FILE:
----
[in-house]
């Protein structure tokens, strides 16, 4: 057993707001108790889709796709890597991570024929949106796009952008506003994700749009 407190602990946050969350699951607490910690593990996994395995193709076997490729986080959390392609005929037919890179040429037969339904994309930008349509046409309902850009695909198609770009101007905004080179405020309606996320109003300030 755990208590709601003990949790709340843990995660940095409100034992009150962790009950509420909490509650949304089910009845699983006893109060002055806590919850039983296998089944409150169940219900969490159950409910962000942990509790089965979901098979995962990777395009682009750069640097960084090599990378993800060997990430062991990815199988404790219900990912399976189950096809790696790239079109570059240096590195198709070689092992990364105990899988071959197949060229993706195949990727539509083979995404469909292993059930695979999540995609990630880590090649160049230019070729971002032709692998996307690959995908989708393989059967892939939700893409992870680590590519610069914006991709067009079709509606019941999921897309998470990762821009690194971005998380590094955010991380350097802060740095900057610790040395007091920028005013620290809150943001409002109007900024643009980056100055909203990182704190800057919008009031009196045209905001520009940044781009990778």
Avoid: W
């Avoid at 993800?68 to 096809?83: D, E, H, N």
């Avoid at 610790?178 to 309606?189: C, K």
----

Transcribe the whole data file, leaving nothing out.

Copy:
[in-house]
């Protein structure tokens, strides 16, 4: 057993707001108790889709796709890597991570024929949106796009952008506003994700749009 407190602990946050969350699951607490910690593990996994395995193709076997490729986080959390392609005929037919890179040429037969339904994309930008349509046409309902850009695909198609770009101007905004080179405020309606996320109003300030 755990208590709601003990949790709340843990995660940095409100034992009150962790009950509420909490509650949304089910009845699983006893109060002055806590919850039983296998089944409150169940219900969490159950409910962000942990509790089965979901098979995962990777395009682009750069640097960084090599990378993800060997990430062991990815199988404790219900990912399976189950096809790696790239079109570059240096590195198709070689092992990364105990899988071959197949060229993706195949990727539509083979995404469909292993059930695979999540995609990630880590090649160049230019070729971002032709692998996307690959995908989708393989059967892939939700893409992870680590590519610069914006991709067009079709509606019941999921897309998470990762821009690194971005998380590094955010991380350097802060740095900057610790040395007091920028005013620290809150943001409002109007900024643009980056100055909203990182704190800057919008009031009196045209905001520009940044781009990778």
Avoid: W
């Avoid at 993800?68 to 096809?83: D, E, H, N």
């Avoid at 610790?178 to 309606?189: C, K």